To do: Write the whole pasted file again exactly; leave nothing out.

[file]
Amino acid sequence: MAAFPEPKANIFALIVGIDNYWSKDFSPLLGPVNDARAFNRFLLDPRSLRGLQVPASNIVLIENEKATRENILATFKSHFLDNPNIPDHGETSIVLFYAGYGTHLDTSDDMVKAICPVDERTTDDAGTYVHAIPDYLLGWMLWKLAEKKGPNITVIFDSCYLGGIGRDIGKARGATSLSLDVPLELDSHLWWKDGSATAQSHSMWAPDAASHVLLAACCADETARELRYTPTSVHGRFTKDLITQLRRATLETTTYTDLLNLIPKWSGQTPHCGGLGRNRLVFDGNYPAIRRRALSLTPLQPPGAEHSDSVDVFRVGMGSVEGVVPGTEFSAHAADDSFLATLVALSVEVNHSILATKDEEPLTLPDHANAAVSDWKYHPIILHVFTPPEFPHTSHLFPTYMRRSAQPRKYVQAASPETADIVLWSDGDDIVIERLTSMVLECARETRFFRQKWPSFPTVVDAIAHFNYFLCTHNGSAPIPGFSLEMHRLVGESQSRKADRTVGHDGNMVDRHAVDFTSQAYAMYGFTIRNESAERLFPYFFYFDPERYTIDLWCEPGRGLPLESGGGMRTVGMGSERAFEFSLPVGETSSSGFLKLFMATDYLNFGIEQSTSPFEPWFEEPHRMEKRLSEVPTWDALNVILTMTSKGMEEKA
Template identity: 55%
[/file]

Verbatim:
Amino acid sequence: MAAFPEPKANIFALIVGIDNYWSKDFSPLLGPVNDARAFNRFLLDPRSLRGLQVPASNIVLIENEKATRENILATFKSHFLDNPNIPDHGETSIVLFYAGYGTHLDTSDDMVKAICPVDERTTDDAGTYVHAIPDYLLGWMLWKLAEKKGPNITVIFDSCYLGGIGRDIGKARGATSLSLDVPLELDSHLWWKDGSATAQSHSMWAPDAASHVLLAACCADETARELRYTPTSVHGRFTKDLITQLRRATLETTTYTDLLNLIPKWSGQTPHCGGLGRNRLVFDGNYPAIRRRALSLTPLQPPGAEHSDSVDVFRVGMGSVEGVVPGTEFSAHAADDSFLATLVALSVEVNHSILATKDEEPLTLPDHANAAVSDWKYHPIILHVFTPPEFPHTSHLFPTYMRRSAQPRKYVQAASPETADIVLWSDGDDIVIERLTSMVLECARETRFFRQKWPSFPTVVDAIAHFNYFLCTHNGSAPIPGFSLEMHRLVGESQSRKADRTVGHDGNMVDRHAVDFTSQAYAMYGFTIRNESAERLFPYFFYFDPERYTIDLWCEPGRGLPLESGGGMRTVGMGSERAFEFSLPVGETSSSGFLKLFMATDYLNFGIEQSTSPFEPWFEEPHRMEKRLSEVPTWDALNVILTMTSKGMEEKA
Template identity: 55%